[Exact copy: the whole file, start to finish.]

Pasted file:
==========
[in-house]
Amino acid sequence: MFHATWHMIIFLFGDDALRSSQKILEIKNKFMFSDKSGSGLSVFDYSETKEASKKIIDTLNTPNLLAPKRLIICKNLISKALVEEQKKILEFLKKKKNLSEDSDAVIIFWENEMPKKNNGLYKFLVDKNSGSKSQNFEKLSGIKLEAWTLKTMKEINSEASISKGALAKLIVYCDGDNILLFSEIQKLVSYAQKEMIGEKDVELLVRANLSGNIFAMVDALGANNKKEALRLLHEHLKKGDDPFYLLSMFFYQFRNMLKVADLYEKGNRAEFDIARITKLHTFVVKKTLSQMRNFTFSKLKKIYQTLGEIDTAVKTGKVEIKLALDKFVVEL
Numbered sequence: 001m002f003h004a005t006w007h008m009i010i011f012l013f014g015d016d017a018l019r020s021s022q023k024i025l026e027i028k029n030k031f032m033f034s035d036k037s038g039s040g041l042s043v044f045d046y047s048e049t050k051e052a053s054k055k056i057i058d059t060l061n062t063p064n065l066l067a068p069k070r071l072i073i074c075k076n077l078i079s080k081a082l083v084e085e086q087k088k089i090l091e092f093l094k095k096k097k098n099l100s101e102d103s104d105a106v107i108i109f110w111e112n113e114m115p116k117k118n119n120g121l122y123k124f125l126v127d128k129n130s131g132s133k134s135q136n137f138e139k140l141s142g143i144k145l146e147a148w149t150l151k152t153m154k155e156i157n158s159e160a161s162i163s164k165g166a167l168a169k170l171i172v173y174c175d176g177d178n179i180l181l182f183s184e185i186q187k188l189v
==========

[in-house]
Amino acid sequence: MFHATWHMIIFLFGDDALRSSQKILEIKNKFMFSDKSGSGLSVFDYSETKEASKKIIDTLNTPNLLAPKRLIICKNLISKALVEEQKKILEFLKKKKNLSEDSDAVIIFWENEMPKKNNGLYKFLVDKNSGSKSQNFEKLSGIKLEAWTLKTMKEINSEASISKGALAKLIVYCDGDNILLFSEIQKLVSYAQKEMIGEKDVELLVRANLSGNIFAMVDALGANNKKEALRLLHEHLKKGDDPFYLLSMFFYQFRNMLKVADLYEKGNRAEFDIARITKLHTFVVKKTLSQMRNFTFSKLKKIYQTLGEIDTAVKTGKVEIKLALDKFVVEL
Numbered sequence: 001m002f003h004a005t006w007h008m009i010i011f012l013f014g015d016d017a018l019r020s021s022q023k024i025l026e027i028k029n030k031f032m033f034s035d036k037s038g039s040g041l042s043v044f045d046y047s048e049t050k051e052a053s054k055k056i057i058d059t060l061n062t063p064n065l066l067a068p069k070r071l072i073i074c075k076n077l078i079s080k081a082l083v084e085e086q087k088k089i090l091e092f093l094k095k096k097k098n099l100s101e102d103s104d105a106v107i108i109f110w111e112n113e114m115p116k117k118n119n120g121l122y123k124f125l126v127d128k129n130s131g132s133k134s135q136n137f138e139k140l141s142g143i144k145l146e147a148w149t150l151k152t153m154k155e156i157n158s159e160a161s162i163s164k165g166a167l168a169k170l171i172v173y174c175d176g177d178n179i180l181l182f183s184e185i186q187k188l189v